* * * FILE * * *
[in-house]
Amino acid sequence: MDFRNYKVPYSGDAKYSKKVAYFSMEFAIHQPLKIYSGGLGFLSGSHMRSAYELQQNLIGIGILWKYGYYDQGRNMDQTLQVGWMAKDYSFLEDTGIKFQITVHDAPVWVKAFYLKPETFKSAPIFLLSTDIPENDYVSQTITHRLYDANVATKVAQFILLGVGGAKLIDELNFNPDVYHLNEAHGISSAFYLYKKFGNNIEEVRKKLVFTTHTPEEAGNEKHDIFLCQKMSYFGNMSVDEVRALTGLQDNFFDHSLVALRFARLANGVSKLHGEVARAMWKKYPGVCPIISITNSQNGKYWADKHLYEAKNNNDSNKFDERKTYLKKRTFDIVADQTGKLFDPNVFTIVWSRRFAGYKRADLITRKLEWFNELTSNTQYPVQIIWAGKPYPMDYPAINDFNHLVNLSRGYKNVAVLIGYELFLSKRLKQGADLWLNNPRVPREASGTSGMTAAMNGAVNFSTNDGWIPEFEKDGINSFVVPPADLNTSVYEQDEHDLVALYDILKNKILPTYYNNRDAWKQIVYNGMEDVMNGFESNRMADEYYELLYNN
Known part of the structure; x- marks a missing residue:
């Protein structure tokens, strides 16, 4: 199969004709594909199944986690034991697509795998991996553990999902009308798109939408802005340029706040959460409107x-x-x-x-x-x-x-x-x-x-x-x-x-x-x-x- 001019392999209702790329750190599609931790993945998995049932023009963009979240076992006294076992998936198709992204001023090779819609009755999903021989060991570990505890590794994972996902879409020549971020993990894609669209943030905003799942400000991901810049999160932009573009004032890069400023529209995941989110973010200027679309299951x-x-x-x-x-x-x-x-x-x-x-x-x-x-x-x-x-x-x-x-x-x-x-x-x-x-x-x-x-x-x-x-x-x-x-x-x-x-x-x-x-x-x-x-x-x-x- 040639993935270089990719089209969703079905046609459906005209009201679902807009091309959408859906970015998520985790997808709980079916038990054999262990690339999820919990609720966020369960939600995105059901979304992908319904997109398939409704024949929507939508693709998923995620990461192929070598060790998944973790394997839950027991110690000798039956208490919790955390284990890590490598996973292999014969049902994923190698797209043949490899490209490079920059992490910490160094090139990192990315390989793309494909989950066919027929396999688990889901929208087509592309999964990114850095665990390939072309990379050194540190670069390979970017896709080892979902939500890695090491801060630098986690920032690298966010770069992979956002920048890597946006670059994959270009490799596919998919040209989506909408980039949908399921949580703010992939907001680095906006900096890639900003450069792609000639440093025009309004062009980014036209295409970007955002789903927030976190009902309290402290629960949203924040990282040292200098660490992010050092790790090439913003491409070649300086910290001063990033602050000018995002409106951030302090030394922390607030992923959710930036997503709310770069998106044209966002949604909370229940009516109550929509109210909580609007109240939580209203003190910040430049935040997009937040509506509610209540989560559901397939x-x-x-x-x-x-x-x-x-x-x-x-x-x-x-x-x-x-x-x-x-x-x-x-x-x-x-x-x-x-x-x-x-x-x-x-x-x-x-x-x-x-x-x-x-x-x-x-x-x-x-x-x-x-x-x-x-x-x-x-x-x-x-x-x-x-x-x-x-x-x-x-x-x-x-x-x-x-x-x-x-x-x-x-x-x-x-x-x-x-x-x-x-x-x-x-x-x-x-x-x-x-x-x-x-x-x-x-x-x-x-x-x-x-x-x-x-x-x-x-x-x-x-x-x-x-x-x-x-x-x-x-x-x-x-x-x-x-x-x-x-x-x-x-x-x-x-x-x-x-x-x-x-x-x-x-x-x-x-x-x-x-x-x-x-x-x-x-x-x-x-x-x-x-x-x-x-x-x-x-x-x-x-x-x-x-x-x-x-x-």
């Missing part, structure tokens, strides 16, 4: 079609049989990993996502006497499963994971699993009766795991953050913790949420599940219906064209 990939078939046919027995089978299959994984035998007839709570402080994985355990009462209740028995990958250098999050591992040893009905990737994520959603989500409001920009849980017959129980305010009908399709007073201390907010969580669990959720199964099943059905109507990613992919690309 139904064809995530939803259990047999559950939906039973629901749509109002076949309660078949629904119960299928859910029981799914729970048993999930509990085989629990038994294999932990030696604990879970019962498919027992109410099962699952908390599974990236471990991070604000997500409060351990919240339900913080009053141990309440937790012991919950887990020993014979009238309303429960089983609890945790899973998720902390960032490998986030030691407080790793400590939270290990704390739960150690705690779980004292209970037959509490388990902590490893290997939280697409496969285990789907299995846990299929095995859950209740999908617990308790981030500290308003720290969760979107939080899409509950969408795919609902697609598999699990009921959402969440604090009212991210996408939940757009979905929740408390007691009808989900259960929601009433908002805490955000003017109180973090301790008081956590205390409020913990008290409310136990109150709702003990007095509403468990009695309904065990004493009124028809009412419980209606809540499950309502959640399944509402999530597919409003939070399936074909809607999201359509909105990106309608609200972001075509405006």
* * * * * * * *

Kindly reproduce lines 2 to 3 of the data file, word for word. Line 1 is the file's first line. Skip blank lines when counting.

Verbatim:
Amino acid sequence: MDFRNYKVPYSGDAKYSKKVAYFSMEFAIHQPLKIYSGGLGFLSGSHMRSAYELQQNLIGIGILWKYGYYDQGRNMDQTLQVGWMAKDYSFLEDTGIKFQITVHDAPVWVKAFYLKPETFKSAPIFLLSTDIPENDYVSQTITHRLYDANVATKVAQFILLGVGGAKLIDELNFNPDVYHLNEAHGISSAFYLYKKFGNNIEEVRKKLVFTTHTPEEAGNEKHDIFLCQKMSYFGNMSVDEVRALTGLQDNFFDHSLVALRFARLANGVSKLHGEVARAMWKKYPGVCPIISITNSQNGKYWADKHLYEAKNNNDSNKFDERKTYLKKRTFDIVADQTGKLFDPNVFTIVWSRRFAGYKRADLITRKLEWFNELTSNTQYPVQIIWAGKPYPMDYPAINDFNHLVNLSRGYKNVAVLIGYELFLSKRLKQGADLWLNNPRVPREASGTSGMTAAMNGAVNFSTNDGWIPEFEKDGINSFVVPPADLNTSVYEQDEHDLVALYDILKNKILPTYYNNRDAWKQIVYNGMEDVMNGFESNRMADEYYELLYNN
Known part of the structure; x- marks a missing residue: